Turn OFF the automatic launch of "safe" document types in Safari (and any other web browser, whoever thought this was a good idea was in err big time). You'll have to turn it off manually for now and in the long run hopefully apple stops this from being the default. If you're too much of a newb to be able to get past this stage of downloading something from the internet to install then you either need to RTFM a bit or buy an iPad (and wait until the malware is targeted there to worry about things). It does not matter if your account is an admin account or a standard account, this "local" installation (into your home directory) will work without requiring any authentication. The only exception to this would be a controlled account that has restricted access (i.e. a child's account that's not allowed to do anything but launch a few applications).

User education. If you load a web page and all of a sudden it's saying you need to install software, DON'T. Plain and simple. It doesn't matter how much protection is put into place if users just blindly click through any install dialog box that pops up in front of them or enters their username and password on demand without knowing why. Unless the "bad guys" are taking advantage of a true exploit (which thankfully we haven't seen in the wild yet) then it's all still a matter of social engineering and user incompetence. The most foolproof system ever designed won't help you if you give away the farm.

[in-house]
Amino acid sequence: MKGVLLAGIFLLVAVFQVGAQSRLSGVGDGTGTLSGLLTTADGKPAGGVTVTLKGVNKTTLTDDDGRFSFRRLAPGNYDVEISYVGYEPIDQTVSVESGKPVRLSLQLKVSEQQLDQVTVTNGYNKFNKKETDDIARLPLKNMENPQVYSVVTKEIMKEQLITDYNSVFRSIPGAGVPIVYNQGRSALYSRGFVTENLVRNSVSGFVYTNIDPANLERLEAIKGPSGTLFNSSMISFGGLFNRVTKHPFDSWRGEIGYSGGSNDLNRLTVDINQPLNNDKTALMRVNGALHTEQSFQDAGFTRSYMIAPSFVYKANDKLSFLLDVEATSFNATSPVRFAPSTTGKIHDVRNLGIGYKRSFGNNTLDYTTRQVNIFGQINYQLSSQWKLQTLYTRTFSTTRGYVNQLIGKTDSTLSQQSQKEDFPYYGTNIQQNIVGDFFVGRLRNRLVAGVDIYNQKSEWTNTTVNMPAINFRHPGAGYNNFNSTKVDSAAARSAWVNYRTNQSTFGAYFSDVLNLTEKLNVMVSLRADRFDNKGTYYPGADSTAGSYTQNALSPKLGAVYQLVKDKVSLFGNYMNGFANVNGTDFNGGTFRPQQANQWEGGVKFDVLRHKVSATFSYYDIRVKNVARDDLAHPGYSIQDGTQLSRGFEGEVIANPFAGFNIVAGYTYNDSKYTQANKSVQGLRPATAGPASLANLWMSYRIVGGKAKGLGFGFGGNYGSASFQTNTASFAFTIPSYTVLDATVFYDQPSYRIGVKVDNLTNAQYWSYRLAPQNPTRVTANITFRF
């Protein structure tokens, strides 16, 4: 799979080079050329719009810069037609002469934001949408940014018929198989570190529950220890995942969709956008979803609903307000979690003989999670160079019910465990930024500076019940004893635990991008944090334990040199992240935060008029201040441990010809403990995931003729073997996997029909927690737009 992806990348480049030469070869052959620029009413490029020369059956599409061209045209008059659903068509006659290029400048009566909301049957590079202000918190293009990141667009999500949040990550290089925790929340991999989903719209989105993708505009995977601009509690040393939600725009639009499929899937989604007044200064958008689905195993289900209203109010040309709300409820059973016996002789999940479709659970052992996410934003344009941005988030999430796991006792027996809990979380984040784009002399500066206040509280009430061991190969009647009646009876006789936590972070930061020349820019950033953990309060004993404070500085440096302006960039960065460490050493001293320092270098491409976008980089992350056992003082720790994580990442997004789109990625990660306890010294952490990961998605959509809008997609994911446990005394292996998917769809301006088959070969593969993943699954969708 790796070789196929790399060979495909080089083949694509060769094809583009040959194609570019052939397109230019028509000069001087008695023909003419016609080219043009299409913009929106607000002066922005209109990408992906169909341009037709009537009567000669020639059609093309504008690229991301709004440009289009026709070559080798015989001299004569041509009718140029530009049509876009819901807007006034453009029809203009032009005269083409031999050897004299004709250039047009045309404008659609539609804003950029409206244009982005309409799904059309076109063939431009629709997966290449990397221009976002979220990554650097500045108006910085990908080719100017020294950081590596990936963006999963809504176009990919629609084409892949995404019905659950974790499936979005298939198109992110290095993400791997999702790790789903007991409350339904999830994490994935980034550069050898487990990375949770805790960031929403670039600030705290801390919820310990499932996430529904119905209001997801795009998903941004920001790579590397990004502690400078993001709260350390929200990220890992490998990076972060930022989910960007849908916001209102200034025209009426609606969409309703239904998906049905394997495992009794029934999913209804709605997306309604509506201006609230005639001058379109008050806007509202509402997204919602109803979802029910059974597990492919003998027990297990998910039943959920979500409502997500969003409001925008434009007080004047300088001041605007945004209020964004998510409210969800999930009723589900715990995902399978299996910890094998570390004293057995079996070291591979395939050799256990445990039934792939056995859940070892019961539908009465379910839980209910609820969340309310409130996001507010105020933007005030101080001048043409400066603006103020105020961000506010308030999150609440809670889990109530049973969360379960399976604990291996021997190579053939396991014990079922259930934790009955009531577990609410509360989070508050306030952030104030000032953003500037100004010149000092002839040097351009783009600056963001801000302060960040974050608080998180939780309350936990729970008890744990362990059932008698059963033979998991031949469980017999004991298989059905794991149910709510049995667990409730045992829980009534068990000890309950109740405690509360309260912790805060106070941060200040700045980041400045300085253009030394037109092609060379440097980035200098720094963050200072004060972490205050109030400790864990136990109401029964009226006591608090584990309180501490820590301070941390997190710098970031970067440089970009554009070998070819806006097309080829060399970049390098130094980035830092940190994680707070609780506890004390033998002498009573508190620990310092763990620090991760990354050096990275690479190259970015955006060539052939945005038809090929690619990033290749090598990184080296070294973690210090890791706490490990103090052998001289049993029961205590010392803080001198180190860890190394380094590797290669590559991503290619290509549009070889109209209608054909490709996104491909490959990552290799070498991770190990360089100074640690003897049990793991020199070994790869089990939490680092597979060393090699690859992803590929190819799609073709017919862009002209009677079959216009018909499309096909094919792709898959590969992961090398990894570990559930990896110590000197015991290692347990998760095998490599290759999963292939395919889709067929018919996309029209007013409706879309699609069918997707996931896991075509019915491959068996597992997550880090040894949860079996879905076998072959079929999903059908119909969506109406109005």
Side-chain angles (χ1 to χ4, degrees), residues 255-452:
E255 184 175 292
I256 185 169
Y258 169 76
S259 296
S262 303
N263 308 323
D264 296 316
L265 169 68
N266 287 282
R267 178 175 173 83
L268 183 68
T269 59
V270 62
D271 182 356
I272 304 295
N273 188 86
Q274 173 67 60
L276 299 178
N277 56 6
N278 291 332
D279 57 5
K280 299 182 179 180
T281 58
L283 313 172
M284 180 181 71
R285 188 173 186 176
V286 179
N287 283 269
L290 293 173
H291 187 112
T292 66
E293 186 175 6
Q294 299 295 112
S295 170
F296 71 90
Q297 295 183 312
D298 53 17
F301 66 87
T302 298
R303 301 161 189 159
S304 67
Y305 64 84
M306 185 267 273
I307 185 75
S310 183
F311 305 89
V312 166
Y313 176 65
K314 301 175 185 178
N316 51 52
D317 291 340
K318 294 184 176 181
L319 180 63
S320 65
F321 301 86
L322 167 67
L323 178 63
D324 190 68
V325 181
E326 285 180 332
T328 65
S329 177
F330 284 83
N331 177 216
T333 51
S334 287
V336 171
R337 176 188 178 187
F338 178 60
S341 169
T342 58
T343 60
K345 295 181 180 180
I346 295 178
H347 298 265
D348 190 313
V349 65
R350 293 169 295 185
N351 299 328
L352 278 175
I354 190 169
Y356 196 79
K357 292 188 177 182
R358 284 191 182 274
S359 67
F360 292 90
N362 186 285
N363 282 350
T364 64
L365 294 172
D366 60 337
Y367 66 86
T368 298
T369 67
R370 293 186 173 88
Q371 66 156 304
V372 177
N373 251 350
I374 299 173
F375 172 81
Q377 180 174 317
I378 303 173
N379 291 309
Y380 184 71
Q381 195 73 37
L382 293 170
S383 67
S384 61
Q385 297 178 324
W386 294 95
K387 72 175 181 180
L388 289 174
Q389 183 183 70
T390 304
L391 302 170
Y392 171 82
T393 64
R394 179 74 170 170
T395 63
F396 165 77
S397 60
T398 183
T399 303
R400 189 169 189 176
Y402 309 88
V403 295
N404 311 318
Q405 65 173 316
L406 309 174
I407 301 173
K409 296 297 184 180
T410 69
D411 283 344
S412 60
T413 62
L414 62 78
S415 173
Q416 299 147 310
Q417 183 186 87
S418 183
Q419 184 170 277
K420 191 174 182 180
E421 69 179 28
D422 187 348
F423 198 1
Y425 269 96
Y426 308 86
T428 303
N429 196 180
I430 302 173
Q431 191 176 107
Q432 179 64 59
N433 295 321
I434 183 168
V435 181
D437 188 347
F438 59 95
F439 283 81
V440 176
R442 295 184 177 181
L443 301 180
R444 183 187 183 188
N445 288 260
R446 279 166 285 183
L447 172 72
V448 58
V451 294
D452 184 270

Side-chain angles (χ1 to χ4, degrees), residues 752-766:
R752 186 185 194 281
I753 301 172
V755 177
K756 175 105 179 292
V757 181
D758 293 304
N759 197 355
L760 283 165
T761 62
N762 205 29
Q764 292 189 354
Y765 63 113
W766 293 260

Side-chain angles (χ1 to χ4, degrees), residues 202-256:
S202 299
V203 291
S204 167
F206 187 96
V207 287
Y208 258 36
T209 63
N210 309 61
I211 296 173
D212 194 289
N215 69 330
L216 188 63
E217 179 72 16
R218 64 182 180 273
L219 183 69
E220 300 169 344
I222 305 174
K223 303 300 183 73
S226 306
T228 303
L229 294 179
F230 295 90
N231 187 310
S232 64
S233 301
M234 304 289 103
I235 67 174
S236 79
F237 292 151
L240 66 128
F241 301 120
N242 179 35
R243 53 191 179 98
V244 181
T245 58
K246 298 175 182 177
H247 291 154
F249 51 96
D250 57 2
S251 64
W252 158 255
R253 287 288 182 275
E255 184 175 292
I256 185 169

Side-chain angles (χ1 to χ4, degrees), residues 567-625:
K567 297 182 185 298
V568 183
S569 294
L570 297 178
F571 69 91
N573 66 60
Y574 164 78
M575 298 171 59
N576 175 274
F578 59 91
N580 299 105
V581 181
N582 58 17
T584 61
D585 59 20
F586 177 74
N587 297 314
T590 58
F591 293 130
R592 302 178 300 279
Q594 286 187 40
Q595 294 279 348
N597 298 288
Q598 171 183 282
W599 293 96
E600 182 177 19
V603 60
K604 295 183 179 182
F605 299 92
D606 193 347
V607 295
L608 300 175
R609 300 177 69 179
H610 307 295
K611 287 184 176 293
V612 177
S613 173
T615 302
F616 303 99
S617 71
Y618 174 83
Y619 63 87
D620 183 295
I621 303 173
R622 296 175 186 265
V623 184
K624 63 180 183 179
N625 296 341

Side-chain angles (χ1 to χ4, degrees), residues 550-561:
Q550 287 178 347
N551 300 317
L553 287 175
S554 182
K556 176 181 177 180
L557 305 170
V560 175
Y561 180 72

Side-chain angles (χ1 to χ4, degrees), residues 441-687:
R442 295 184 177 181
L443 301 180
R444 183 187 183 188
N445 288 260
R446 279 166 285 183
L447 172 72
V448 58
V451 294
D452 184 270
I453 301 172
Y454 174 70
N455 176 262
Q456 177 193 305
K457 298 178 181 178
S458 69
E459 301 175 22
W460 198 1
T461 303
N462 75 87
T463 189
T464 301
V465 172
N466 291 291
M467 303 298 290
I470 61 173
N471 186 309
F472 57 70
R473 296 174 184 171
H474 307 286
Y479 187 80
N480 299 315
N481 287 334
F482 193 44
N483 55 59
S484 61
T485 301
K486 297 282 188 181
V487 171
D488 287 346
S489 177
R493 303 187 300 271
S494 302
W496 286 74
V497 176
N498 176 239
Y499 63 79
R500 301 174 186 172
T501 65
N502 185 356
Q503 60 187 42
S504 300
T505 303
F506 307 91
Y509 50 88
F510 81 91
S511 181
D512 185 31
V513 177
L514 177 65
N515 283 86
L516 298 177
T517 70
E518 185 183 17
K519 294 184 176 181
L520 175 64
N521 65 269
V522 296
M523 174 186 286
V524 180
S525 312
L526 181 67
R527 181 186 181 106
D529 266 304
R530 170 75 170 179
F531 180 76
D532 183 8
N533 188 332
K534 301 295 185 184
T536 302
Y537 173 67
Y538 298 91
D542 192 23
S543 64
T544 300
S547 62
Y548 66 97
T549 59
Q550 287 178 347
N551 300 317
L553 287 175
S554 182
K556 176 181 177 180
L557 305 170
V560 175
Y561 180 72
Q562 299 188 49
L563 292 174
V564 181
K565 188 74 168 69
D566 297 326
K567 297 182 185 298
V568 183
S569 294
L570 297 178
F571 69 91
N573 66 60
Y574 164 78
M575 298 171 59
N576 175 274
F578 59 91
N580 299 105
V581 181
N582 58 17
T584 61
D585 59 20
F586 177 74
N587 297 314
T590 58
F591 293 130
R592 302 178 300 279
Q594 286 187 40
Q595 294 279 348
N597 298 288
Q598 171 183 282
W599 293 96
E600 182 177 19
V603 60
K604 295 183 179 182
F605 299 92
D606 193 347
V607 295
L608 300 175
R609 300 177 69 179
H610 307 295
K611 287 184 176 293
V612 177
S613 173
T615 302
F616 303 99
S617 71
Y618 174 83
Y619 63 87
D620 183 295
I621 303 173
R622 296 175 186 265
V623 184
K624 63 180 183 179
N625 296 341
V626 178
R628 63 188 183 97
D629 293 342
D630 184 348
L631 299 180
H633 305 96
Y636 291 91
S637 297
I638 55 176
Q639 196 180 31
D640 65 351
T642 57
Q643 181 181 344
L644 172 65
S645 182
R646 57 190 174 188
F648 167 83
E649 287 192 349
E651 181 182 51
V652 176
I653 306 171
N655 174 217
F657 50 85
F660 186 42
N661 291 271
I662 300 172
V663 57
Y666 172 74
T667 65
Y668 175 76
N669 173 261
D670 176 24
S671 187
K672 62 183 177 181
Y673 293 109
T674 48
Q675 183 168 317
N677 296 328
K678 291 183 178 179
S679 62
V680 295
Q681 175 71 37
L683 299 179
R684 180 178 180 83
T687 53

It's also sad to say that there are a ton of other ways that OSX's default packaging/installer system can be exploited and it's just ripe for the picking. OSX is literally many many years behind most other popular *nix based OSes when it comes to this sort of security and doesn't use even the most rudimentary security for packages (signed packages, checking package hashes, etc), let alone anything more serious. Anyone with a little knowledge of the way the .pkg bundles are built and some basic command line scripting has the tools available to cause some pretty serious mayhem if Apple leaves things the way they are. But that said even with package security an approach like the current one would still work, this is taking advantage of a loophole (the auto launch of it when downloaded) and taking advantage of the fact that people will just click through it and do whatever they are told without question. The issue of the security in packaging is a whole different disaster (and was how the malware/trojan happened in the pirated iLife package a couple years back and is still wide open to happen again).